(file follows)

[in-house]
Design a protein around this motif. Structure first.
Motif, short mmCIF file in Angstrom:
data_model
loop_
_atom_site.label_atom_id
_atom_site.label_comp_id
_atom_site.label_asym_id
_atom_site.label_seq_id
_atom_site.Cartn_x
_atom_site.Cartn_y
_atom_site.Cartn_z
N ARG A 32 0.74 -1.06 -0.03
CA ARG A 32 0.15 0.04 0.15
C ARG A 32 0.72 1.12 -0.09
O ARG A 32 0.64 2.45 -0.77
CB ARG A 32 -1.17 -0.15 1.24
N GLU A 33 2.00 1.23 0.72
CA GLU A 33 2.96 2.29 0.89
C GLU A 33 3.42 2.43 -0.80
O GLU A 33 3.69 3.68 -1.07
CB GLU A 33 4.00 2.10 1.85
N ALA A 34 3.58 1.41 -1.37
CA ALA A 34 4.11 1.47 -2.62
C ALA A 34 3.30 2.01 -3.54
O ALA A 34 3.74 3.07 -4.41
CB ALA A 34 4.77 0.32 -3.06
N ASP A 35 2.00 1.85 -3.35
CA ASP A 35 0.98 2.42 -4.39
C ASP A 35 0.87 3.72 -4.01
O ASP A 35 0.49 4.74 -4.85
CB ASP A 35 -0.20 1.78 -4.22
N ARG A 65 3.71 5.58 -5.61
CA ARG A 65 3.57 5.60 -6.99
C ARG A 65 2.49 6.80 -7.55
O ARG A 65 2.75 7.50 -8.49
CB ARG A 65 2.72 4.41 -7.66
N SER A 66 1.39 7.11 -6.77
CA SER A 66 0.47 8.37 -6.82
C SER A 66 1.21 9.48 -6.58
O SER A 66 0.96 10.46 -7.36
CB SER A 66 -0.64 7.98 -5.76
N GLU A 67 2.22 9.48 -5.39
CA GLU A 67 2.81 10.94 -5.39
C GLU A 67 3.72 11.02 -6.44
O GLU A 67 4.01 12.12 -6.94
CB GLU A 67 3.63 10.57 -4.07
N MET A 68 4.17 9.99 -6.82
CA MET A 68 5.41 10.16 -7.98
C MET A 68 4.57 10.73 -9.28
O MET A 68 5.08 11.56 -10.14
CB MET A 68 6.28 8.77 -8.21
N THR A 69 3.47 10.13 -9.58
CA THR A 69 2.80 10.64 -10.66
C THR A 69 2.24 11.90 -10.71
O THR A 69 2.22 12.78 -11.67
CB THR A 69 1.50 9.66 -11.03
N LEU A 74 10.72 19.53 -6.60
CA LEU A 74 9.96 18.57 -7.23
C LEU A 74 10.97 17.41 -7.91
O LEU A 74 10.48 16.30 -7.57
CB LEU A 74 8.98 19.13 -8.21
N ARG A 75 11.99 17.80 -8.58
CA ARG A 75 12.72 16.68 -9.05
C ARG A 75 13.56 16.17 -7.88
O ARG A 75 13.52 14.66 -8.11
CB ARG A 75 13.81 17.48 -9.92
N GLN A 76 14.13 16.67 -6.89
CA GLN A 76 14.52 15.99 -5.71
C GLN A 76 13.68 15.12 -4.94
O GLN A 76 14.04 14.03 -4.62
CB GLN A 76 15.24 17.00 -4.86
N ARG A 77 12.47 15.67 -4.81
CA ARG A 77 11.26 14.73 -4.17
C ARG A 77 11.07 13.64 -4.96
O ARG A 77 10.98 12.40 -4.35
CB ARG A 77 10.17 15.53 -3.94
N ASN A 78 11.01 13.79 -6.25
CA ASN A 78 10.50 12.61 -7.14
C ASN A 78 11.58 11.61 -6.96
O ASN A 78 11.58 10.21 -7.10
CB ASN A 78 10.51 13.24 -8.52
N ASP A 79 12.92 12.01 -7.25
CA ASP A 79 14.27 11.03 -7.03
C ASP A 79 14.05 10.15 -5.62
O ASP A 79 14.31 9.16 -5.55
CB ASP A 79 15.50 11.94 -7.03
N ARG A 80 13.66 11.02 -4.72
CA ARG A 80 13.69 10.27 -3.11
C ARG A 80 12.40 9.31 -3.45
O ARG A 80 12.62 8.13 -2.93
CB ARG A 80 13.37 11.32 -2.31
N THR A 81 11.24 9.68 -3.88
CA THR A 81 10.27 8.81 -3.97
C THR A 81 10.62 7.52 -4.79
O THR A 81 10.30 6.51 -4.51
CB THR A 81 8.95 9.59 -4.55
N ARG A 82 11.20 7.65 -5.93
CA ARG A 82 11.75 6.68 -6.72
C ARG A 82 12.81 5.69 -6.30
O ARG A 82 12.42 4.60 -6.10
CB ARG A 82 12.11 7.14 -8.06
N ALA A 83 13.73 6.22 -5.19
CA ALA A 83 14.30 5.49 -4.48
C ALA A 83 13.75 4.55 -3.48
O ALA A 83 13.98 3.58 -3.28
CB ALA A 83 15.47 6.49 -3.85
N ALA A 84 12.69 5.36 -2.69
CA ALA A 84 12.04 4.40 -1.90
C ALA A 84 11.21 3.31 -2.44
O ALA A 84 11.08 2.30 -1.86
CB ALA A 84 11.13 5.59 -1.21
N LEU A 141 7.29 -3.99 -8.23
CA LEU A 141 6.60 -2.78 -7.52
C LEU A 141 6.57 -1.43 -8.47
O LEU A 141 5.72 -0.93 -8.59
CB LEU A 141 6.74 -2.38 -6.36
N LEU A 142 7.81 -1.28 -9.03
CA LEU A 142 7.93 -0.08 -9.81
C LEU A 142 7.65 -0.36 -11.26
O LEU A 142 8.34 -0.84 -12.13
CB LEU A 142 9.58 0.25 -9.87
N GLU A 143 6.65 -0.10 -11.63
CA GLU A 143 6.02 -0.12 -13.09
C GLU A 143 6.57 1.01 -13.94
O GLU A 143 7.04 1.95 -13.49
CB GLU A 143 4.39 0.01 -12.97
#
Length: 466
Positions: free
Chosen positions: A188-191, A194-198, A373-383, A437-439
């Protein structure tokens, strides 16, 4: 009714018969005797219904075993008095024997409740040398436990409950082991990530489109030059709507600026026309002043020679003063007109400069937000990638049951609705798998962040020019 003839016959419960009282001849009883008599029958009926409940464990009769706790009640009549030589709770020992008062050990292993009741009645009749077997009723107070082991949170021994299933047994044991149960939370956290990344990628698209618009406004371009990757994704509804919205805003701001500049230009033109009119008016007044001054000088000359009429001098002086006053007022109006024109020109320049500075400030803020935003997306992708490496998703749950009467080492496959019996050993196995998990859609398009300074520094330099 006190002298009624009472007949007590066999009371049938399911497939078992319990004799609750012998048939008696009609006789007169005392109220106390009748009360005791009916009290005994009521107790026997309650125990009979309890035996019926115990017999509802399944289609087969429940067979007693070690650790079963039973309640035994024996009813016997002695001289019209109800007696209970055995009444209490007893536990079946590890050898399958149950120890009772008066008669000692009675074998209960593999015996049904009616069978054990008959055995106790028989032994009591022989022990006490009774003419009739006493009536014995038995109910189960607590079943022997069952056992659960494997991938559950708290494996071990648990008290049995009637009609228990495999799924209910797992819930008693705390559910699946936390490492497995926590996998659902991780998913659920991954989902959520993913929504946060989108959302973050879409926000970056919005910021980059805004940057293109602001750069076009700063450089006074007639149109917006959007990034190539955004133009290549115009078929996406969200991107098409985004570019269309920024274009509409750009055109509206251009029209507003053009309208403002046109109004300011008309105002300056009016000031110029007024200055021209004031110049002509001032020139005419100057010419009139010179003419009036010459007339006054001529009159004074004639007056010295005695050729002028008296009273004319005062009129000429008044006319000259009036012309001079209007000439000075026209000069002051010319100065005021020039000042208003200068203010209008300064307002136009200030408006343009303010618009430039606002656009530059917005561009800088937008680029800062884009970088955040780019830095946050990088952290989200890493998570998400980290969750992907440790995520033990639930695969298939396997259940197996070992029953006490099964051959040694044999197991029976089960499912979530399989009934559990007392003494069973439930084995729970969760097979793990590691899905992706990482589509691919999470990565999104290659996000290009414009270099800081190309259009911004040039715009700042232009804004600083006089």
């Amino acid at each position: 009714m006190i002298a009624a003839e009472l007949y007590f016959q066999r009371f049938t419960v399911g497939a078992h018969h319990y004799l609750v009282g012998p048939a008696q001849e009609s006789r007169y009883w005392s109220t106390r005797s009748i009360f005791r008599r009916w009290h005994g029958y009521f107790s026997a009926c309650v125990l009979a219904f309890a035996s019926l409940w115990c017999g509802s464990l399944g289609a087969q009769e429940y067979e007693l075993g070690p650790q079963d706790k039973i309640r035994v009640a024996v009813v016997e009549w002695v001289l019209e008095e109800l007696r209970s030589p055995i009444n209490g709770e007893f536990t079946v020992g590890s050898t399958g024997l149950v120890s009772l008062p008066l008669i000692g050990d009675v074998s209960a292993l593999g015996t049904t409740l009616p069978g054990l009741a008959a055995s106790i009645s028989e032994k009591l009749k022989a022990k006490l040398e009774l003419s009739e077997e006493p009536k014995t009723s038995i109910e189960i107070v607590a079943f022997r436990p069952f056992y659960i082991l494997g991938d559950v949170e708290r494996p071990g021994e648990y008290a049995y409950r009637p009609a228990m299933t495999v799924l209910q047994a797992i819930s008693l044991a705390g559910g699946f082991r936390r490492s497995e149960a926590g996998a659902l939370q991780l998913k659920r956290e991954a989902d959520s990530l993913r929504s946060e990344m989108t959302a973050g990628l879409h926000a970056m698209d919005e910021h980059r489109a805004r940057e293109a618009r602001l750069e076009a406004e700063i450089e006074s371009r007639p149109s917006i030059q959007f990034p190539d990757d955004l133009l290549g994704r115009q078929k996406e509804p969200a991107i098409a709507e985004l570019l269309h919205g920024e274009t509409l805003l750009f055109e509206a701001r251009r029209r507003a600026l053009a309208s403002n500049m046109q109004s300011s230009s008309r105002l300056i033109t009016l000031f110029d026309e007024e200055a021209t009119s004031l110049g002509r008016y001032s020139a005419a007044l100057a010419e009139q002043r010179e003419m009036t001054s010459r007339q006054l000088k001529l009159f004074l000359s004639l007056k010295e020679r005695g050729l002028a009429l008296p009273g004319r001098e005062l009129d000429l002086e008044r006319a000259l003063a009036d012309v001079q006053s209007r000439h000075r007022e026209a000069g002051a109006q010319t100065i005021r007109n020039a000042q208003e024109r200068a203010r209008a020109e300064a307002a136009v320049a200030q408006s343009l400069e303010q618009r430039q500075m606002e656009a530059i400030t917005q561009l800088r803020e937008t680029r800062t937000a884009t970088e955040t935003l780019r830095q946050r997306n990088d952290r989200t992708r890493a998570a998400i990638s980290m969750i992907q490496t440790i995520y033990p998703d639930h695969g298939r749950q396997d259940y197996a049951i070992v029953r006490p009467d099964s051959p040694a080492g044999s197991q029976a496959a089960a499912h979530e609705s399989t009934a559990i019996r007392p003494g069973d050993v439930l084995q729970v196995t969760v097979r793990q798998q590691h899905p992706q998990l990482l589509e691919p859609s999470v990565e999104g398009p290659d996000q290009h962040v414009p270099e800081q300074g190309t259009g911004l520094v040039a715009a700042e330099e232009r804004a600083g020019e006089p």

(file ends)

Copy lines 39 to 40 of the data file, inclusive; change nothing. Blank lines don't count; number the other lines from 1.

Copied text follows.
CA SER A 66 0.47 8.37 -6.82
C SER A 66 1.21 9.48 -6.58